I met a wonderful person the other day. His name is Ira Dickinson, and he is a true gentleman. A cowboy to the core, Ira is all boots and spurs, with a warm personality and a heart of gold. The best part about Ira--he is only 9 years old.
Fifty miles from the closest town, the Dickinson family lives and works on their family-owned cattle operation in the Southwest corner of Wyoming. Fifty miles from anywhere, the Dickinsons raise cattle, build a family and count their blessings. Marc and Gerda and children, Kate, Ira and Ian Dickinson are a close-knit family, built on strong values that are long lost from today’s busy society.
The children are home-schooled on their family’s ranch, working outside between class lessons to earn their own calves to show in 4-H. The children take part in every aspect of cattle production—branding, weaning, sorting, shipping, daily chores and fixing fence. The family’s cattle business has been around since the late 1800’s, and today there are still three generations, working side-by-side on the ranch.
What's special about this ranching family is their true generosity. Every year, the children donate their steer premiums to a worthy cause. Oldest daughter, Kate, donates to the pediatric unit of a hospital where her youngest brother was treated for a serious illness.
In Ira's first year of showing cattle, Ira had a steer named "Casey" after his uncle and fellow cattleman who passed away from Melanoma this past Christmas. And, in a generous gift to the beef industry and our nation's troops, Ira donated his first $500 from his steer to the All-American Beef Battalion.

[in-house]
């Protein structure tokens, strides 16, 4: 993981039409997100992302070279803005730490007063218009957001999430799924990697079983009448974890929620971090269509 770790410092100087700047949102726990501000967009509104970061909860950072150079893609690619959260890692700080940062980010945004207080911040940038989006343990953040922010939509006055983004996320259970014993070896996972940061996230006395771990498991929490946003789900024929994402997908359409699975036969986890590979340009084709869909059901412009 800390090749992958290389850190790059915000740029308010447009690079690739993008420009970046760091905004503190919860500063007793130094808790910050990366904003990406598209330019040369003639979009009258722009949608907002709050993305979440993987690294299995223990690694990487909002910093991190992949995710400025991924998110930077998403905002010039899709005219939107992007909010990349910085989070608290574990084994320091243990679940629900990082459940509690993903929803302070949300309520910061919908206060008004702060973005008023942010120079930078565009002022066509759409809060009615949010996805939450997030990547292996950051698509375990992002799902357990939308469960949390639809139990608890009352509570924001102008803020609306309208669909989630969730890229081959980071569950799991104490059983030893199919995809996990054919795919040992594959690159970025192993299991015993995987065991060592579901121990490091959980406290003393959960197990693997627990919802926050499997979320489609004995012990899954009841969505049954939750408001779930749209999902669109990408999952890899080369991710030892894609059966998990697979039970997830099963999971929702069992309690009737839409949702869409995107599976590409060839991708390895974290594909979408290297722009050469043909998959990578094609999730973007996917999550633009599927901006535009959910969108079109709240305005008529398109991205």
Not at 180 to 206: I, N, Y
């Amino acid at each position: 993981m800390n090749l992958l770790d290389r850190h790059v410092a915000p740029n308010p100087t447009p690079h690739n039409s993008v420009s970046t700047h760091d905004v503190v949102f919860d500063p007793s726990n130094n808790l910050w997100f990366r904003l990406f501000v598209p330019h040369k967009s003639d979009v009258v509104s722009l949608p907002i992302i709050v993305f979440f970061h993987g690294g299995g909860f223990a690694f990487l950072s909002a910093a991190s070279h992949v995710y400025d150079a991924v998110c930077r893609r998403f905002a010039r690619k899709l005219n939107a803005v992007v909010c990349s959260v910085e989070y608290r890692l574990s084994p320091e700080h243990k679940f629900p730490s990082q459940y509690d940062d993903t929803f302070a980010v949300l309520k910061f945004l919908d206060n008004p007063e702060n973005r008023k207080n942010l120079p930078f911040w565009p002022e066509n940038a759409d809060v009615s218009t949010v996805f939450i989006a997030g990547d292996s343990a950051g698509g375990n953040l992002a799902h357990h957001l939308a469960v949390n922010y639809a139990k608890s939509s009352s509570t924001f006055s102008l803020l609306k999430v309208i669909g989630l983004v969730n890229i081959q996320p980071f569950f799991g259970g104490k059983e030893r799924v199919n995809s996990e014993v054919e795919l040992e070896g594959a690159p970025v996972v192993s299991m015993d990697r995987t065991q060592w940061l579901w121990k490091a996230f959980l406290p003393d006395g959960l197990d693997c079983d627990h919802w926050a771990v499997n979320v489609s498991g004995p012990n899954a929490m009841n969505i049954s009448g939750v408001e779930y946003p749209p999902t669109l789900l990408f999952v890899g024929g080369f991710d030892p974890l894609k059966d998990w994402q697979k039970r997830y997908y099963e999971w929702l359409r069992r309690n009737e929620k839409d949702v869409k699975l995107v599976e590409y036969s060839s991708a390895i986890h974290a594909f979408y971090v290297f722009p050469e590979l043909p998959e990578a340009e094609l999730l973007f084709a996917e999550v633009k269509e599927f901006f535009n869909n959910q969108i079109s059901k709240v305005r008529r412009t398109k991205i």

“Ira has always had a great admiration and respect for our armed forces,” says his mother, Gerda. “When we received a letter from our Superior Livestock representative Kelly Kunzler about the All-American Beef Battalion (AABB), Ira knew he had found a cause to donate his earnings to. As producers, the AABB is a great organization that helps out soldiers and their families while showcasing our American beef products. It’s truly a great cause.”
Ira presented the check to AABB member and Superior Livestock representative, Kelly Kunzler, on Oct. 24, 2008, when they shipped their calves.
“I chose the Beef Battalion to honor my great-grandpa who was a World War II Veteran,” says a mature and well-mannered Ira Dickinson, only a third grader. “A friend of our family, Chance, died in Iraq, and I thought that maybe some of Chance’s buddies would be able to enjoy a steak feed when they returned from the war.”
I was truly touched when talking with Ira and his family, and it's not often you come across such giving and wonderful people as the Dickinson family. May we all follow suit and find the spirit of giving and generosity in this holiday season.